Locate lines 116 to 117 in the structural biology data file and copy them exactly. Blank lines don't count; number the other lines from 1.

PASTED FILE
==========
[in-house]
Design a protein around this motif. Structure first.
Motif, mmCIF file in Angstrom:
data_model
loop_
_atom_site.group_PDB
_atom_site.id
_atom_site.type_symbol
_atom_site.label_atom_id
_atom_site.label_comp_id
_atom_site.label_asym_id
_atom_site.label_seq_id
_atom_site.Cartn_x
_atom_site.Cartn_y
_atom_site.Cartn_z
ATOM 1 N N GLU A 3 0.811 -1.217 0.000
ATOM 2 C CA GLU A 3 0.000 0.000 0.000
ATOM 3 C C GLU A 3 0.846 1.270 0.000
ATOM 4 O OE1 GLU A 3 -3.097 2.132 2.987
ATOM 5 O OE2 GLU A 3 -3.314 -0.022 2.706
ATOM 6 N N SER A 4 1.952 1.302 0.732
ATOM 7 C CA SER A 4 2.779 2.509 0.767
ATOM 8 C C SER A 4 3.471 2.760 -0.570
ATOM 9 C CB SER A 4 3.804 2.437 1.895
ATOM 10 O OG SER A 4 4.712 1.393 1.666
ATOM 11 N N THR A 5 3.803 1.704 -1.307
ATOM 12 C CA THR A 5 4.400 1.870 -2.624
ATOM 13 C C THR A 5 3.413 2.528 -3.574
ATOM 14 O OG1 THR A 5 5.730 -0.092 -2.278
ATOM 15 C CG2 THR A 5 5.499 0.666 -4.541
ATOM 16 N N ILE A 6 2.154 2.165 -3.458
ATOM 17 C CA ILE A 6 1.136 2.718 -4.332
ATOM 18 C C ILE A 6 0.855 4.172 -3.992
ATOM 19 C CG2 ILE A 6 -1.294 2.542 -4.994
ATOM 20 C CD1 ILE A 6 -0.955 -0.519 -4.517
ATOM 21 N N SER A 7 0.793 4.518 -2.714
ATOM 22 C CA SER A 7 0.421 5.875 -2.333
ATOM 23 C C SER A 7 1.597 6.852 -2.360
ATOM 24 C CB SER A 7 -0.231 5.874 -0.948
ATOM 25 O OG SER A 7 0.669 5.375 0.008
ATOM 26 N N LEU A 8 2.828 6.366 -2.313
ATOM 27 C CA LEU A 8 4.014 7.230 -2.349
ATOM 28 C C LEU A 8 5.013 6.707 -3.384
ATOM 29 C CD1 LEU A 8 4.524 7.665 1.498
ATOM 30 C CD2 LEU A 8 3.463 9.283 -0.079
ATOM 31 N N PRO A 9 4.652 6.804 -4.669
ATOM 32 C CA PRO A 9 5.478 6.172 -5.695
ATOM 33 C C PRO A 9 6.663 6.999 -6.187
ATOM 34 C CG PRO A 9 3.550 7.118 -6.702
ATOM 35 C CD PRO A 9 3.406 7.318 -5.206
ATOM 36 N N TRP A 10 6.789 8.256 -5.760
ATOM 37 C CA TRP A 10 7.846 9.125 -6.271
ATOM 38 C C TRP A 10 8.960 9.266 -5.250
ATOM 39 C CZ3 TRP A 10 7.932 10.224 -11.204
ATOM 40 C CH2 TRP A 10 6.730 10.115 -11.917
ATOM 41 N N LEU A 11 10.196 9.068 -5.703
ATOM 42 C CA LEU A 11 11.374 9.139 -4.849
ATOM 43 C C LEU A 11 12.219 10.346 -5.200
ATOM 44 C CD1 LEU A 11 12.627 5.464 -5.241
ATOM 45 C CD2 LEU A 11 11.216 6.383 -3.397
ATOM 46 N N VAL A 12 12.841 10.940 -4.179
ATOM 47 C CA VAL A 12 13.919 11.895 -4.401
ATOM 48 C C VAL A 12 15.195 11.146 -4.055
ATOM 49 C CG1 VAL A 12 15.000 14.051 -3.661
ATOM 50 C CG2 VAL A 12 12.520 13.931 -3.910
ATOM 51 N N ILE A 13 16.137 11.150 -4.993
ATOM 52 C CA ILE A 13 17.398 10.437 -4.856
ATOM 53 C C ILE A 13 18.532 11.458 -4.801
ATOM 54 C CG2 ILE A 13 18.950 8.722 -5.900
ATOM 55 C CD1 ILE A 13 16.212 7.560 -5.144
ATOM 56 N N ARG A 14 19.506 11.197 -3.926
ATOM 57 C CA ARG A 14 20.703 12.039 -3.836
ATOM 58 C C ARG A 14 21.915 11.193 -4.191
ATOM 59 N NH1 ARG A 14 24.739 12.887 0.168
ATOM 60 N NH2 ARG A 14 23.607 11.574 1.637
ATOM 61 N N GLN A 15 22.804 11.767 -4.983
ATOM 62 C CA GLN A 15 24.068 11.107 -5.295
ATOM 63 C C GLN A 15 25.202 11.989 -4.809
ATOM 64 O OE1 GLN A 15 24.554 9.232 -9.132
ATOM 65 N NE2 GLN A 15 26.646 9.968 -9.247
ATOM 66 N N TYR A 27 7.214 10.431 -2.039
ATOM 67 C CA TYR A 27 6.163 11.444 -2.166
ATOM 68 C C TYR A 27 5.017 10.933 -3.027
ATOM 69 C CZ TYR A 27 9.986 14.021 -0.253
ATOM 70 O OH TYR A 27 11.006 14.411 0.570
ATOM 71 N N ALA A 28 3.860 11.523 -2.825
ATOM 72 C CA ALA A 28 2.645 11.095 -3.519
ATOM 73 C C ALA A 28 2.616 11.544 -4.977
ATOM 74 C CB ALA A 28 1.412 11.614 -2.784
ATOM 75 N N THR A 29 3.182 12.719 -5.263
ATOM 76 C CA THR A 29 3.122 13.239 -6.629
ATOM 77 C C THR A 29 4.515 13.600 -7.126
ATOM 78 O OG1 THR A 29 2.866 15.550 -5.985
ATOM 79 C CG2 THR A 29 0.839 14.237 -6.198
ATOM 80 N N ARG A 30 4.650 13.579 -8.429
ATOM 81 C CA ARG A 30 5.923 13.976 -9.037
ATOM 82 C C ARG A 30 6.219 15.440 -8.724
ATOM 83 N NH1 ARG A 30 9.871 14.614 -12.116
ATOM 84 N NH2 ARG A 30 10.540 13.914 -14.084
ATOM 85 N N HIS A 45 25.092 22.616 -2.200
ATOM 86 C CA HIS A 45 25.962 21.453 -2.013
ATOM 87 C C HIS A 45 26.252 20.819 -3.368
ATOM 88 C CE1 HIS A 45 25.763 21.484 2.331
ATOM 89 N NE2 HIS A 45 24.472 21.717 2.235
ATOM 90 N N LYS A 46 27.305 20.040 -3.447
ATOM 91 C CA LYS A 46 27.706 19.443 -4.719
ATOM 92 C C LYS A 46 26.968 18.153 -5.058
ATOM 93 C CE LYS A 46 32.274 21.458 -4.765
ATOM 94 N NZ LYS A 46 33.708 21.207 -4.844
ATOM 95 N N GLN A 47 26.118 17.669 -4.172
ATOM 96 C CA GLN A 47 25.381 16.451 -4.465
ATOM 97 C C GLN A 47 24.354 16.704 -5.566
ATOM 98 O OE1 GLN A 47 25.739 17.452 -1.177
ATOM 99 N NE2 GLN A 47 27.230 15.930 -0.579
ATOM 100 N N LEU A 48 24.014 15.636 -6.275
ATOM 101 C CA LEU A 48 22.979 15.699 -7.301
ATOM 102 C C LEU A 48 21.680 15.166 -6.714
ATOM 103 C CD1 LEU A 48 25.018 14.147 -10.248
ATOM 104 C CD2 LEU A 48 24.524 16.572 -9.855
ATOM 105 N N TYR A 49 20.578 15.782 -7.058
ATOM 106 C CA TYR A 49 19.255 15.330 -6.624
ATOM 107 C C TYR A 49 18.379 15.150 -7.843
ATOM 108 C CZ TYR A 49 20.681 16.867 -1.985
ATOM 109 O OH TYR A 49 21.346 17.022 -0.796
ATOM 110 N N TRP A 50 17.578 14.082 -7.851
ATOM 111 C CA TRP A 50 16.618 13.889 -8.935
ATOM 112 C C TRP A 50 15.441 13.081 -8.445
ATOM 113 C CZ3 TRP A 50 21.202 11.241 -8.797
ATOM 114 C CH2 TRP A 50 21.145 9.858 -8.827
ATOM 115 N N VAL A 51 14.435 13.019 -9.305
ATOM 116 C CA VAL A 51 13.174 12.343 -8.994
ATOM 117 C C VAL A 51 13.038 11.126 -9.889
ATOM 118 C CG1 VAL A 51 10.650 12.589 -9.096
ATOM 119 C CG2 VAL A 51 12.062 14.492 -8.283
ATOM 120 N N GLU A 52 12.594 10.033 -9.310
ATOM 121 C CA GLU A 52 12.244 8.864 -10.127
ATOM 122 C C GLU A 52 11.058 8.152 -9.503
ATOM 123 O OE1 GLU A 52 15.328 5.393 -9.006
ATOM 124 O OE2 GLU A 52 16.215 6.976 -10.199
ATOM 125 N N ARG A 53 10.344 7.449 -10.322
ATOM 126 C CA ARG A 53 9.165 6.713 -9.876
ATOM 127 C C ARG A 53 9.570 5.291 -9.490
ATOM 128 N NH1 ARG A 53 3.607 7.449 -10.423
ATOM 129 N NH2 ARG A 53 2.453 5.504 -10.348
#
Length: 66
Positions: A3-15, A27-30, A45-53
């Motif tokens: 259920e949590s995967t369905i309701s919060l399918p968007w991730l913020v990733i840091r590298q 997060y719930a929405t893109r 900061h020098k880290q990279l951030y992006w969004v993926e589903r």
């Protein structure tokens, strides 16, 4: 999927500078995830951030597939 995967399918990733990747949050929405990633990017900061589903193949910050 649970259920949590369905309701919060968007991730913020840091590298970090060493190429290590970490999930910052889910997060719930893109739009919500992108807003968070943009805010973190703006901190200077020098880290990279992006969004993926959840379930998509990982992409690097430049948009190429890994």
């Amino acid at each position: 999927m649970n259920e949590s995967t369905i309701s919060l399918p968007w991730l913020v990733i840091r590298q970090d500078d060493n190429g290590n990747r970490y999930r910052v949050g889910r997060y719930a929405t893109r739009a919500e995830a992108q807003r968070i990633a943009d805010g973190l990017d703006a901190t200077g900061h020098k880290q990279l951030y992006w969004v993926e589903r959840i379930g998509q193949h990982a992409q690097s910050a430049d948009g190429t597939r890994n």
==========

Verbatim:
ATOM 101 C CA LEU A 48 22.979 15.699 -7.301
ATOM 102 C C LEU A 48 21.680 15.166 -6.714